To find the weight limit of whatever material I was going to use, I took the postal limit and subtracted the weight of the Tyvek envelope to get 1.0 oz - 0.11 oz = 0.89 oz. That's the absolute heaviest my game could get before I'd have to pay more postage. And I absolutely CANNOT afford to pay more postage, so that's a hard limit, there is no flex room whatsoever there.
The USPS size restrictions wouldn't affect me that much, because it would be hard to get an envelope big enough to be considered a package while still snaking in under that 1.0 oz weight limit. The 0.25 inch thickness limit isn't a big deal, except that a box is completely out of the question. The thickest cardstock commonly available from custom printers is 14 pt, which means 0.014 inches thick. 0.25 inches / .014 inches = 17 (inches cancel out), so at most I could have 17 cards layered on each other and still make it under the thickness limit. So that was my hard mailable limit for game area: 17 cards x 6 inches x 9 inches = 918 card sq inches. That's far higher than the affordable limit for area, so I never even got close to 918 sq inches. Note: the affordable limit for area is a soft limit, because the prices fluctuate from company to company and depending on the volume that you purchase, so it wouldn't do any good to say much about that.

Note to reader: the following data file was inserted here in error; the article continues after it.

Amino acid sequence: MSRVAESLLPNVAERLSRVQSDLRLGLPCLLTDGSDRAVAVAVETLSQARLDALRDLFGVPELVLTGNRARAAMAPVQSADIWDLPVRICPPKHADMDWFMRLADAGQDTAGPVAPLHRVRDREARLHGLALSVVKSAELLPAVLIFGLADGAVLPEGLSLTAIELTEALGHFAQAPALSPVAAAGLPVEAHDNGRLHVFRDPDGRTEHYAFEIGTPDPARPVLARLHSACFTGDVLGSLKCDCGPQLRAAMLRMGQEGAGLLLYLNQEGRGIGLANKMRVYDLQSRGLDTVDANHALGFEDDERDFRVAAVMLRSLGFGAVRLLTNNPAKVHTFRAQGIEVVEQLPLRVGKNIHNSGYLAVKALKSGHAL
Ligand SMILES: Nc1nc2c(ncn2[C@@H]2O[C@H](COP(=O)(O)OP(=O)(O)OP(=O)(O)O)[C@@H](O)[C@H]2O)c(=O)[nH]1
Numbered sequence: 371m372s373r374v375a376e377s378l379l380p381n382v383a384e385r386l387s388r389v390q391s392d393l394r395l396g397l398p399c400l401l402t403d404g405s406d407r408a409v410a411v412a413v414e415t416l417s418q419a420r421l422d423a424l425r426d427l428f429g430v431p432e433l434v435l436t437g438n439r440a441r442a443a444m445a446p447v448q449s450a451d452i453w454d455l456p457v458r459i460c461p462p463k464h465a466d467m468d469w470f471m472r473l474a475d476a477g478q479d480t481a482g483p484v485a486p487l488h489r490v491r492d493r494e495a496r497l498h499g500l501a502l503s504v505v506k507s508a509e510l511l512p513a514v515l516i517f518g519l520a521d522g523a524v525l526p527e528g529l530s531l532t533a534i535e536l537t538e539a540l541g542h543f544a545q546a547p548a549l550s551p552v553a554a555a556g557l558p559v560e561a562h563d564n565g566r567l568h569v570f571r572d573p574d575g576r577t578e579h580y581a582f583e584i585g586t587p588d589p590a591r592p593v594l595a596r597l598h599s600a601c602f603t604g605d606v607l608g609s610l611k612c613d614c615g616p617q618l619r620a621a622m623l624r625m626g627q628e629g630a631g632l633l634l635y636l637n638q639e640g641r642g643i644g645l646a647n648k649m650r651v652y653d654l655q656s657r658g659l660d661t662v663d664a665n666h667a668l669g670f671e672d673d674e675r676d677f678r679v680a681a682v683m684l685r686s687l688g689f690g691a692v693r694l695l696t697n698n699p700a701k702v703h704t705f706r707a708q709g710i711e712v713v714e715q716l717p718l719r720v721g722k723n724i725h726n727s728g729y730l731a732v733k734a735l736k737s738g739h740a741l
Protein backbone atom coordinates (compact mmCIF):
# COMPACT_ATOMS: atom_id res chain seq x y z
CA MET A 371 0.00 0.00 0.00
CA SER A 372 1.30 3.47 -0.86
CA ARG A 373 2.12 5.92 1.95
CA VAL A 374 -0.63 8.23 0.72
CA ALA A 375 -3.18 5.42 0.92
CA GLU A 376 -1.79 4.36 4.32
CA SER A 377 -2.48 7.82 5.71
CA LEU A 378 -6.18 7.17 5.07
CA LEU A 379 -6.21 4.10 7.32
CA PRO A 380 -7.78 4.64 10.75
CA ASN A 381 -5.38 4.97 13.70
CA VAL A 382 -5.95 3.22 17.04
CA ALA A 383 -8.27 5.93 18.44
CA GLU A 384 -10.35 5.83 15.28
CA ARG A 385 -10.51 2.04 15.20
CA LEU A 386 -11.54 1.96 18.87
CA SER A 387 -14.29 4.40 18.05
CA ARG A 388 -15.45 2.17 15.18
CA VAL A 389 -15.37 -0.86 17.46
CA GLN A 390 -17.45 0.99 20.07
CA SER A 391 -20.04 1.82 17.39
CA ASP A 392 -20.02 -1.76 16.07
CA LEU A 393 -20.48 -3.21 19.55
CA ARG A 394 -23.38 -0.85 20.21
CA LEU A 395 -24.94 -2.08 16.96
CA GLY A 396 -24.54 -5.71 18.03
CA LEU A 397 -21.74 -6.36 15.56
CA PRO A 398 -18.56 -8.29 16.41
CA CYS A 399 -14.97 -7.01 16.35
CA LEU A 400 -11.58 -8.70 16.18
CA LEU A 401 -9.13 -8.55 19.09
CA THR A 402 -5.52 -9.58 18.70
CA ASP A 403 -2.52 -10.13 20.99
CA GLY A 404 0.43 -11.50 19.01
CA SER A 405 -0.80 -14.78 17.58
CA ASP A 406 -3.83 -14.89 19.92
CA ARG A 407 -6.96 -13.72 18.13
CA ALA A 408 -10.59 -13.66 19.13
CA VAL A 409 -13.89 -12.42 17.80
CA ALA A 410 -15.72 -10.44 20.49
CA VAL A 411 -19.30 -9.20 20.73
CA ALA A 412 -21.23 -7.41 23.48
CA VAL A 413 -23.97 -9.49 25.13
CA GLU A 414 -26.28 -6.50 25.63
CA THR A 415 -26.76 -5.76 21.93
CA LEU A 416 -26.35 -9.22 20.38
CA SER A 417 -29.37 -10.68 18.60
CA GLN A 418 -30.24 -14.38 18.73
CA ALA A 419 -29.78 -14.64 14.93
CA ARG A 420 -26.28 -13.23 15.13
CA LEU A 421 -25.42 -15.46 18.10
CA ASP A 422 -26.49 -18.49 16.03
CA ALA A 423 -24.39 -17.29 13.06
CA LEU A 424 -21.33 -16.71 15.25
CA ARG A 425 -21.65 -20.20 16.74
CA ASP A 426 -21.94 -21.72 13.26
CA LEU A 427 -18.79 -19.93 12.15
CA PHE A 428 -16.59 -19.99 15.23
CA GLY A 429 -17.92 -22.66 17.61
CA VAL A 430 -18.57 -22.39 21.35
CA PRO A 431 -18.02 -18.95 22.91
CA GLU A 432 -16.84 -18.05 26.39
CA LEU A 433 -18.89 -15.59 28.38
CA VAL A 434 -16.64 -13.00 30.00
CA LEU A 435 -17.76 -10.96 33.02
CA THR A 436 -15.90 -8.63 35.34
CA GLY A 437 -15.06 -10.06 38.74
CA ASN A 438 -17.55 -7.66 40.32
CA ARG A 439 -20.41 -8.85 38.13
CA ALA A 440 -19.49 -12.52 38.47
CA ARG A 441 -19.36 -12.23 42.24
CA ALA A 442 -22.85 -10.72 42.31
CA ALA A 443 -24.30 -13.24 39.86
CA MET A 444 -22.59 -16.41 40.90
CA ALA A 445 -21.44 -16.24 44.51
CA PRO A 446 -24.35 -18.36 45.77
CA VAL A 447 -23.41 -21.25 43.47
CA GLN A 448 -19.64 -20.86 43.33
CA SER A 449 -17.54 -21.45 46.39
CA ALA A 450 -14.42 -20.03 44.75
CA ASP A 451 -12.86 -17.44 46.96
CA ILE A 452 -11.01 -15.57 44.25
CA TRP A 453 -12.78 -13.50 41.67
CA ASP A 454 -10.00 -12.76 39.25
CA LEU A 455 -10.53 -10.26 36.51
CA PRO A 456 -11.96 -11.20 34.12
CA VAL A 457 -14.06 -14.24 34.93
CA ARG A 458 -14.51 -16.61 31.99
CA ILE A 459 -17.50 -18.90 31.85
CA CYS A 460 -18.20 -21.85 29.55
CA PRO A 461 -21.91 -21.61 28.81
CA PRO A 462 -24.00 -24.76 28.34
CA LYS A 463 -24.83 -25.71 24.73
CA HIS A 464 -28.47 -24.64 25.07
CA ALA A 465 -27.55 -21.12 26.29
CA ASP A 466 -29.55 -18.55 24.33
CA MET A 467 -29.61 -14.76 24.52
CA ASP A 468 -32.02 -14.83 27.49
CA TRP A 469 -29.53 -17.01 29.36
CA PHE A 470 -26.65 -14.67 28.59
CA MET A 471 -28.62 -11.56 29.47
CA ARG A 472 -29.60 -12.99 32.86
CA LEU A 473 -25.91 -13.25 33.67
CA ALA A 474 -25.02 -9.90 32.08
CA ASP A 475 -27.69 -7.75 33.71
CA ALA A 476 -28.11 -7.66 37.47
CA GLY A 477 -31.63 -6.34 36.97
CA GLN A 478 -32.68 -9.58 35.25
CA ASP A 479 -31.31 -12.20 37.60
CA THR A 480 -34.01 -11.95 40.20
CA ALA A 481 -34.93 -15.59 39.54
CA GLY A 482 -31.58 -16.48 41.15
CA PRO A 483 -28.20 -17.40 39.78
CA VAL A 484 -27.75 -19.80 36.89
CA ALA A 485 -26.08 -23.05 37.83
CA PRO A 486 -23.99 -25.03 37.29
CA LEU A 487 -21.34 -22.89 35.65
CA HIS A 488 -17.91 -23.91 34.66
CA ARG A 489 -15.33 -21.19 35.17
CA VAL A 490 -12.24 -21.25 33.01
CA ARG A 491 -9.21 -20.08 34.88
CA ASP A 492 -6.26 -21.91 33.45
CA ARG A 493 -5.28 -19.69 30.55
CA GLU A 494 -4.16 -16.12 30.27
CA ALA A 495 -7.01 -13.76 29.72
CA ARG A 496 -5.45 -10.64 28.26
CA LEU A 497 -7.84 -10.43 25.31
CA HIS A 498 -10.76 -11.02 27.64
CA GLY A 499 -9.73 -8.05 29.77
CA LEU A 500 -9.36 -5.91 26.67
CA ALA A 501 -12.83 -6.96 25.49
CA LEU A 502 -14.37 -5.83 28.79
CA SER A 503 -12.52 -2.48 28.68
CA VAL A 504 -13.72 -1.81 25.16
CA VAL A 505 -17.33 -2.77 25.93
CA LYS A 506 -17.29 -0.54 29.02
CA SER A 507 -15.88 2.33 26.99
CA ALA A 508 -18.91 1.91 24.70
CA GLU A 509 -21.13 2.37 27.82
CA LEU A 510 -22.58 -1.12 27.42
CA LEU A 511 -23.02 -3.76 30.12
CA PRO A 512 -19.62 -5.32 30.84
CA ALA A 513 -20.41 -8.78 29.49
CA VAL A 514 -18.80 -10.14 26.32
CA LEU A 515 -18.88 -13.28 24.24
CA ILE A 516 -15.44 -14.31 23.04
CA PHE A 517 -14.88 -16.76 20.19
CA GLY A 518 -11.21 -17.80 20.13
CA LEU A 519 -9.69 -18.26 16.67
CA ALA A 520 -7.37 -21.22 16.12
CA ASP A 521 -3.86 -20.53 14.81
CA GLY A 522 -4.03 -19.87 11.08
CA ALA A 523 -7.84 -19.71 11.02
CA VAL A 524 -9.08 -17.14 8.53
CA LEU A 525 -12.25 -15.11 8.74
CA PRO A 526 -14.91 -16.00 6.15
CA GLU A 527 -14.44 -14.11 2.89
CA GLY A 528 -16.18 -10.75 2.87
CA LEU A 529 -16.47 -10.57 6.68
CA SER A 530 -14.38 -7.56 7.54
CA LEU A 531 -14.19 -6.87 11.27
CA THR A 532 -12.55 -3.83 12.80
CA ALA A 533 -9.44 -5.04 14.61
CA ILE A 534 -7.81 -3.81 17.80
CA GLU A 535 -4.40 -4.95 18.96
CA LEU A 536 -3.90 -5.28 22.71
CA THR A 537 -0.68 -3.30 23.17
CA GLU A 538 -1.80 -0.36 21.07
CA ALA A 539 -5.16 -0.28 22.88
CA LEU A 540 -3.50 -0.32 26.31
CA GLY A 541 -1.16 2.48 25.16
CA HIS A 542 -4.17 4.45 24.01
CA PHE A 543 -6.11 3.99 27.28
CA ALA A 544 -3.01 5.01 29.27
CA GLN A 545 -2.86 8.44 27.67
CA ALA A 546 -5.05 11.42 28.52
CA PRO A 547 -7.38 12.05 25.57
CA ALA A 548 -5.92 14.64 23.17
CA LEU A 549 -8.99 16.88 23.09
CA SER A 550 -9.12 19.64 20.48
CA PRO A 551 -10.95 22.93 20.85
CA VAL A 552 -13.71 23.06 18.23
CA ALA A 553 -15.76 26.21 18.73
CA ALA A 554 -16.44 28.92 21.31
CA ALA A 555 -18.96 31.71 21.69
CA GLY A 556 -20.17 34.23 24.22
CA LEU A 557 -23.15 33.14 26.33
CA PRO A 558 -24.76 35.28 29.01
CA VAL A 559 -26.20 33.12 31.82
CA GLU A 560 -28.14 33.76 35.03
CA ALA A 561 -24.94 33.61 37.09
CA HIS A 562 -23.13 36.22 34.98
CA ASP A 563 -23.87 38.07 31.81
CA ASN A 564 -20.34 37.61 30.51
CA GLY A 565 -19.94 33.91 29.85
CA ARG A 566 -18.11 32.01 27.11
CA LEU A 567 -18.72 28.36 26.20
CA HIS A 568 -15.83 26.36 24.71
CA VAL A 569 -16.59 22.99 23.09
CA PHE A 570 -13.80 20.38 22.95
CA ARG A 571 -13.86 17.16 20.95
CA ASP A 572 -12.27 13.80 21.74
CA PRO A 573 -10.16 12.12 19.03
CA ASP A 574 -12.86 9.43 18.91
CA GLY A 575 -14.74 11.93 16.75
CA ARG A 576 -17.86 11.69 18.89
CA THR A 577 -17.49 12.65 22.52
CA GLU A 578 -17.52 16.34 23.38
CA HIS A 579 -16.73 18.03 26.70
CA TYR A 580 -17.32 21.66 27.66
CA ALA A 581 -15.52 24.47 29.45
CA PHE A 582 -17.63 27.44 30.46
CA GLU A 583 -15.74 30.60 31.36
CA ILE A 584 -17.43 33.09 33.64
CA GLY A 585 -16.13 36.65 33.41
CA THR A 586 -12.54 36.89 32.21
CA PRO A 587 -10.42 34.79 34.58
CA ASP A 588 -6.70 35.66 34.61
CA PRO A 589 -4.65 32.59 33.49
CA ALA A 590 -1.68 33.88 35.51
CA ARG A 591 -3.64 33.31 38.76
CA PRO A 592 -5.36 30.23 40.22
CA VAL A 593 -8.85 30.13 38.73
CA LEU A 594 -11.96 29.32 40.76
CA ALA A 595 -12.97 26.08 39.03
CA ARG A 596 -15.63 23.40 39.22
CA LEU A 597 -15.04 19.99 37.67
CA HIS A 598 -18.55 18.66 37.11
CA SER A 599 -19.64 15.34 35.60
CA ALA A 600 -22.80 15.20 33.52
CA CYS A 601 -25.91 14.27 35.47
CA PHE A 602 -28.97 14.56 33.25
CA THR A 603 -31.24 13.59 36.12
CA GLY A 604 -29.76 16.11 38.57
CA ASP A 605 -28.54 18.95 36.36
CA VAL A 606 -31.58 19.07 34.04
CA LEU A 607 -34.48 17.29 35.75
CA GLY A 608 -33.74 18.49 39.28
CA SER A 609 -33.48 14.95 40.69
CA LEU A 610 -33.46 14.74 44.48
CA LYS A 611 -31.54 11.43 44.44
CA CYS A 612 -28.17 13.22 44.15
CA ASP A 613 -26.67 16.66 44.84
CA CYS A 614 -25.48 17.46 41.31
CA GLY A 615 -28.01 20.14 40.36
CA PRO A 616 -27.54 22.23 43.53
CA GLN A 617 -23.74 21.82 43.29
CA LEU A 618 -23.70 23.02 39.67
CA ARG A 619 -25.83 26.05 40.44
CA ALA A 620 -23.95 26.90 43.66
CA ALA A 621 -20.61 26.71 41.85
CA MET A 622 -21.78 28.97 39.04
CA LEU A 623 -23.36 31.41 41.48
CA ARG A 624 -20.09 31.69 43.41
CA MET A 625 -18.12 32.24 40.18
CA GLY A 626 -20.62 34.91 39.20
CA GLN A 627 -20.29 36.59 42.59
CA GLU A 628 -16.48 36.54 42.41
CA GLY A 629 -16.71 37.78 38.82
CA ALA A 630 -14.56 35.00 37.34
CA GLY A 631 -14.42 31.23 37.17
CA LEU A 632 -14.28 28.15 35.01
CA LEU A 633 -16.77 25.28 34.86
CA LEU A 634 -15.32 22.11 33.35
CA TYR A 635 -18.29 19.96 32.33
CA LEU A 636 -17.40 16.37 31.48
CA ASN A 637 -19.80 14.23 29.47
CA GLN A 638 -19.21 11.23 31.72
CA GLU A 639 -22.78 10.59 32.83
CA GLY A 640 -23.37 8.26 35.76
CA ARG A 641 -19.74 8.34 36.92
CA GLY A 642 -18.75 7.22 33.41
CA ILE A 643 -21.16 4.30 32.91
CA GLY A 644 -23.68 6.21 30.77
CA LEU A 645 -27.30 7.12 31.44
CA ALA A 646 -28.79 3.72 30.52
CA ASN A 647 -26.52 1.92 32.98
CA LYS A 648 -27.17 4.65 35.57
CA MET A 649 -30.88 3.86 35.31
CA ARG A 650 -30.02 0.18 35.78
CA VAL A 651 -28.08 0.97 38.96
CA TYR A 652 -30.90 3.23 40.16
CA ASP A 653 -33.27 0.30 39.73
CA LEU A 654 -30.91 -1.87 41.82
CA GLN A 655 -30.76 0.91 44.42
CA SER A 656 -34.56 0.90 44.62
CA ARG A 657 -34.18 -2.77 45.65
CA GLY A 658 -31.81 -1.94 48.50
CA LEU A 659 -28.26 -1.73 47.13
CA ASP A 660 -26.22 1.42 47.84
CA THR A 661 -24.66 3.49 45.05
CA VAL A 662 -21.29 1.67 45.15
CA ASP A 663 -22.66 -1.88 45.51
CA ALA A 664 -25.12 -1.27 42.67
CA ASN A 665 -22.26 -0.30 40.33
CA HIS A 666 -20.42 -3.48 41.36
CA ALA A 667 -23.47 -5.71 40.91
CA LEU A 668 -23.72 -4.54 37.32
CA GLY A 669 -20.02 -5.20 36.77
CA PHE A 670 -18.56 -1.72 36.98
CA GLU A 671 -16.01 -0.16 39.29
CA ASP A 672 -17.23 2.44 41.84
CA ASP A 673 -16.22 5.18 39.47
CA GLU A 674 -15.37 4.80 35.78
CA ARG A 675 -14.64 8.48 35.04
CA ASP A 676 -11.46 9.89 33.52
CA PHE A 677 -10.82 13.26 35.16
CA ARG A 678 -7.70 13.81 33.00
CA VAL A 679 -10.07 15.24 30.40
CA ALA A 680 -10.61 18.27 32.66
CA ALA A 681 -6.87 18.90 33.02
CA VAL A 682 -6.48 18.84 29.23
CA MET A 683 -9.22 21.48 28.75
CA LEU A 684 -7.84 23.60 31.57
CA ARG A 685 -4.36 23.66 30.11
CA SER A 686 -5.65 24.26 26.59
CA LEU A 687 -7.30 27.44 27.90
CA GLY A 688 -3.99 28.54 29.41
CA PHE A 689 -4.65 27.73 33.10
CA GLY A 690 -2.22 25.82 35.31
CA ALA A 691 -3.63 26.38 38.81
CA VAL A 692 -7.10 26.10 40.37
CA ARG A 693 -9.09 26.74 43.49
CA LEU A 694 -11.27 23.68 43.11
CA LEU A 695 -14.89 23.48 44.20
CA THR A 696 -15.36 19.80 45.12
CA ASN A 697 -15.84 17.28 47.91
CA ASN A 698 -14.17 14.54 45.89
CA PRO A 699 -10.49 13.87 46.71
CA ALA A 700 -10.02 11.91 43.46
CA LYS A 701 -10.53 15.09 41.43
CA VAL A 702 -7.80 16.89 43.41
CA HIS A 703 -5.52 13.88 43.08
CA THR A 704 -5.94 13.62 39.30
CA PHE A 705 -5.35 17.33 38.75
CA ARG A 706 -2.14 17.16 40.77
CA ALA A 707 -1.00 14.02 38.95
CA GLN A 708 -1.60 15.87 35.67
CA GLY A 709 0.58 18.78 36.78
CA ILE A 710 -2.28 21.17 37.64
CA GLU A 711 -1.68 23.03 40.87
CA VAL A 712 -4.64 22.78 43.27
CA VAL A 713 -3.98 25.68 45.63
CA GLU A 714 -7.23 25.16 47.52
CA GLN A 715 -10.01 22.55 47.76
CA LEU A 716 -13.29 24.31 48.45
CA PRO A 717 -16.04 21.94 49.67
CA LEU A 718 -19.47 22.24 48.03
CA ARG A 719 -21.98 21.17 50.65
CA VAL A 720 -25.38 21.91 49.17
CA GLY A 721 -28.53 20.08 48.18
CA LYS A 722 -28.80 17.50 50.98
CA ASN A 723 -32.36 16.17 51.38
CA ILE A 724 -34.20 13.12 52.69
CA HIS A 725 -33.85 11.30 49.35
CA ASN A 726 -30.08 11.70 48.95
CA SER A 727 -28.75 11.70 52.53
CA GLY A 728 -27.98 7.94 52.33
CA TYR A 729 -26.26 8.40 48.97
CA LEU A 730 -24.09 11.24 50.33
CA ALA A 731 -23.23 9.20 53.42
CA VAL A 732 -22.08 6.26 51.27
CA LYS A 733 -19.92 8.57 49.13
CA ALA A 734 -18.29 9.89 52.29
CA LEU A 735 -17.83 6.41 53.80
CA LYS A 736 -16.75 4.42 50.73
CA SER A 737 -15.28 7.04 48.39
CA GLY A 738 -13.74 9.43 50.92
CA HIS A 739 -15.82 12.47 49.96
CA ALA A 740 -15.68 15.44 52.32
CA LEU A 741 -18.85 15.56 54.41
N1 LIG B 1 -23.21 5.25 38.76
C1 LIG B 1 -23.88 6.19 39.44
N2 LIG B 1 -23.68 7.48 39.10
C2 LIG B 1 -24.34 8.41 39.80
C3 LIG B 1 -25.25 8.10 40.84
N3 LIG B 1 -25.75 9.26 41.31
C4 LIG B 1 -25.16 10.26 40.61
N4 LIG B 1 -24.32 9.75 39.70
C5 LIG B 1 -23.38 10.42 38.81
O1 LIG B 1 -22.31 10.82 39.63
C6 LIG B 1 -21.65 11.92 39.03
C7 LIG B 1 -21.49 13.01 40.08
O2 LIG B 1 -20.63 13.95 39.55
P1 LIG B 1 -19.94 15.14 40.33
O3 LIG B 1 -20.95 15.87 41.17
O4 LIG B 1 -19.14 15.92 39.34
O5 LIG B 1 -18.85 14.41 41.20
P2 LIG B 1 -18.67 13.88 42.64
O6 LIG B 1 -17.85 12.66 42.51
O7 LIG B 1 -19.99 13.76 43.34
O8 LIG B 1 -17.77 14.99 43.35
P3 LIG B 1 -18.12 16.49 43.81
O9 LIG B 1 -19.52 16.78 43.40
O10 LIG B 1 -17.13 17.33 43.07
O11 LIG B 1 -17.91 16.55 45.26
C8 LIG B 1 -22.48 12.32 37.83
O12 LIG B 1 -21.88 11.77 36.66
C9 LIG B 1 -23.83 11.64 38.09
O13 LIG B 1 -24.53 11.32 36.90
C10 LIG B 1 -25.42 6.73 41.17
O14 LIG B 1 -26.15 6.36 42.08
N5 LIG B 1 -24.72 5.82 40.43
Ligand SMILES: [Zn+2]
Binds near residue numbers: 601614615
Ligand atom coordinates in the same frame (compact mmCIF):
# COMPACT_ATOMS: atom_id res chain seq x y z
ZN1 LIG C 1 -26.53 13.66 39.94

14 pt card stock weighs 308.5 grams per sq meter, or 0.007 ounces per sq inch. Because I have 0.89 ounces to play with, I divided the weight per sq inch into the weight and got my size restriction by weight, 0.89 ounces / 0.007 ounces per sq inch = 127 sq inches (ounces cancel out). That's certainly less than 918 sq inches, so that was my hard limit for size.
So I sat down with $0.772 to spend on each game, and all game components combined would have to fit onto no more than 127 sq inches of printed material.